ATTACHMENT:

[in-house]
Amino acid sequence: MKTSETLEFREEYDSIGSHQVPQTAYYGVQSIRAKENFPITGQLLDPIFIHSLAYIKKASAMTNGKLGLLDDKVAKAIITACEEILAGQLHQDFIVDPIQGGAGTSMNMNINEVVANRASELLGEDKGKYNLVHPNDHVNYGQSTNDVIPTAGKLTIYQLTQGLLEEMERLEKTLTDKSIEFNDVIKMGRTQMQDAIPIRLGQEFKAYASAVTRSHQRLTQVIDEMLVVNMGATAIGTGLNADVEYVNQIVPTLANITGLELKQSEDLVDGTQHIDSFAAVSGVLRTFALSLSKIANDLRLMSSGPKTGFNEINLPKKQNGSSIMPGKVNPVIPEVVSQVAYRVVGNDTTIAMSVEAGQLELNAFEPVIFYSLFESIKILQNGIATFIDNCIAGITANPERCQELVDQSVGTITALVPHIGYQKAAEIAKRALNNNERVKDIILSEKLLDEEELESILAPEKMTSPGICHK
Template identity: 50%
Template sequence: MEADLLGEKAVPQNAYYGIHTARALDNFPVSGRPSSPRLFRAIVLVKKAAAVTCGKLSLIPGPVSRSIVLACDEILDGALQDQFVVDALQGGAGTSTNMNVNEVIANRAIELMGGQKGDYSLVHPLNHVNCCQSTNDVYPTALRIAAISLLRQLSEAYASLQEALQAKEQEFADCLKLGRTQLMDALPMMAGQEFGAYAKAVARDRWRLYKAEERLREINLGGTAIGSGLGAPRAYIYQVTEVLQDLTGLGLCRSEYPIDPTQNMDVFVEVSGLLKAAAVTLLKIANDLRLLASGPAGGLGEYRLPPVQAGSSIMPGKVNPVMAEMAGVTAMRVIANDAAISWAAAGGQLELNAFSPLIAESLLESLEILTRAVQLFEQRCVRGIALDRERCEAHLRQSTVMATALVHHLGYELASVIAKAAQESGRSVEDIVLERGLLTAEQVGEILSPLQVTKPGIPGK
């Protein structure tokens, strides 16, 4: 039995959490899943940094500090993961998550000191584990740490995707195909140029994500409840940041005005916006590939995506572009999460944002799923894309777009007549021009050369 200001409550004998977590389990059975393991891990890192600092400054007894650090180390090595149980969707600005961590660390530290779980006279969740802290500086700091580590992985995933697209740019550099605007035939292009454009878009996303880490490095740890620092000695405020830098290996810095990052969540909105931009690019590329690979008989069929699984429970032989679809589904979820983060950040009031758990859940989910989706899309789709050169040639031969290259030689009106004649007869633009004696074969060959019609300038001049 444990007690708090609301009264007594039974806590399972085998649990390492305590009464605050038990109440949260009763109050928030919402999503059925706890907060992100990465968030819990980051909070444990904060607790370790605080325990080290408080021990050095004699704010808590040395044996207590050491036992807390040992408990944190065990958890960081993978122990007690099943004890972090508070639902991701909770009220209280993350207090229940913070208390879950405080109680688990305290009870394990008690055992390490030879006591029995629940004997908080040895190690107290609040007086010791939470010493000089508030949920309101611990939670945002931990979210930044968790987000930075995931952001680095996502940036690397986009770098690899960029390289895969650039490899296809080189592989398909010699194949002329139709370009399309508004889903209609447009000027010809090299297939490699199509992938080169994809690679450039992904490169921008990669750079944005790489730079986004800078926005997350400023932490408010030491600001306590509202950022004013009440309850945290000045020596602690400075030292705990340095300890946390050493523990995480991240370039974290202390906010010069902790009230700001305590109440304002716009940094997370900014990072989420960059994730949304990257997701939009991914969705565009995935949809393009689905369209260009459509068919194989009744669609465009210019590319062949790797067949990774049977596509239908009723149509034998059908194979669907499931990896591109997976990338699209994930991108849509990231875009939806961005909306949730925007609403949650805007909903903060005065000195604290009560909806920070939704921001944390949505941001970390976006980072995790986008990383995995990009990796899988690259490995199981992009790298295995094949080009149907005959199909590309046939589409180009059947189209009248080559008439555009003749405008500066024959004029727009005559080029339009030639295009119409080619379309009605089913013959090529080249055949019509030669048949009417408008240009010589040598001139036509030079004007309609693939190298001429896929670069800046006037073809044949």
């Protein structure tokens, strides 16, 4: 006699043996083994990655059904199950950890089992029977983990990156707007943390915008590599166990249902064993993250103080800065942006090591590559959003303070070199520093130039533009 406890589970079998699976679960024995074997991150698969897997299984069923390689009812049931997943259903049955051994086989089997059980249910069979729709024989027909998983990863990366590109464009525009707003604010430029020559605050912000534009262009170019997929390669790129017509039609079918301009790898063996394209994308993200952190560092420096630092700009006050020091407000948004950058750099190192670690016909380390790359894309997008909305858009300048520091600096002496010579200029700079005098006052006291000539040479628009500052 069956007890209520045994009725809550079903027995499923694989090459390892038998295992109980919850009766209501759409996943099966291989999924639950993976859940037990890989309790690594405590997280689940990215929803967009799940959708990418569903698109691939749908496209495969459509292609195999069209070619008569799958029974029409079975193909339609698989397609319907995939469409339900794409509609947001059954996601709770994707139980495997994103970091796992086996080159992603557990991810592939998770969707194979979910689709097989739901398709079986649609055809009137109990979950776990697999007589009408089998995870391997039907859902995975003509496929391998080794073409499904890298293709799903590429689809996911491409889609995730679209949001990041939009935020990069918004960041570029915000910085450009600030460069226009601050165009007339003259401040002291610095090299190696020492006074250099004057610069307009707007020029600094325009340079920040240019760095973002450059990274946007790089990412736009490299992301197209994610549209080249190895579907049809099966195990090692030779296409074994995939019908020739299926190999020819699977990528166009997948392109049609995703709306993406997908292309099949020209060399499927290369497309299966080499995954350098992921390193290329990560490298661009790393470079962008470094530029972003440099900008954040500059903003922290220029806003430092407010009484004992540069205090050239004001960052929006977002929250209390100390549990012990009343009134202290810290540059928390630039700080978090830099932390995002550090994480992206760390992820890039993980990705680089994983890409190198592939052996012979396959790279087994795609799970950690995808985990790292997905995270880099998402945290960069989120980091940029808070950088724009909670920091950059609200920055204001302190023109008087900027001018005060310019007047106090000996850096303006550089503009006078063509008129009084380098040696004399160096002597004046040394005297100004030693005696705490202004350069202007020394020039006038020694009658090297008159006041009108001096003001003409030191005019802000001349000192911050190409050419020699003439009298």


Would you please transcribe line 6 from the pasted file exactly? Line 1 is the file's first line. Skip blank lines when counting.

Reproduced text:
């Protein structure tokens, strides 16, 4: 006699043996083994990655059904199950950890089992029977983990990156707007943390915008590599166990249902064993993250103080800065942006090591590559959003303070070199520093130039533009 406890589970079998699976679960024995074997991150698969897997299984069923390689009812049931997943259903049955051994086989089997059980249910069979729709024989027909998983990863990366590109464009525009707003604010430029020559605050912000534009262009170019997929390669790129017509039609079918301009790898063996394209994308993200952190560092420096630092700009006050020091407000948004950058750099190192670690016909380390790359894309997008909305858009300048520091600096002496010579200029700079005098006052006291000539040479628009500052 069956007890209520045994009725809550079903027995499923694989090459390892038998295992109980919850009766209501759409996943099966291989999924639950993976859940037990890989309790690594405590997280689940990215929803967009799940959708990418569903698109691939749908496209495969459509292609195999069209070619008569799958029974029409079975193909339609698989397609319907995939469409339900794409509609947001059954996601709770994707139980495997994103970091796992086996080159992603557990991810592939998770969707194979979910689709097989739901398709079986649609055809009137109990979950776990697999007589009408089998995870391997039907859902995975003509496929391998080794073409499904890298293709799903590429689809996911491409889609995730679209949001990041939009935020990069918004960041570029915000910085450009600030460069226009601050165009007339003259401040002291610095090299190696020492006074250099004057610069307009707007020029600094325009340079920040240019760095973002450059990274946007790089990412736009490299992301197209994610549209080249190895579907049809099966195990090692030779296409074994995939019908020739299926190999020819699977990528166009997948392109049609995703709306993406997908292309099949020209060399499927290369497309299966080499995954350098992921390193290329990560490298661009790393470079962008470094530029972003440099900008954040500059903003922290220029806003430092407010009484004992540069205090050239004001960052929006977002929250209390100390549990012990009343009134202290810290540059928390630039700080978090830099932390995002550090994480992206760390992820890039993980990705680089994983890409190198592939052996012979396959790279087994795609799970950690995808985990790292997905995270880099998402945290960069989120980091940029808070950088724009909670920091950059609200920055204001302190023109008087900027001018005060310019007047106090000996850096303006550089503009006078063509008129009084380098040696004399160096002597004046040394005297100004030693005696705490202004350069202007020394020039006038020694009658090297008159006041009108001096003001003409030191005019802000001349000192911050190409050419020699003439009298």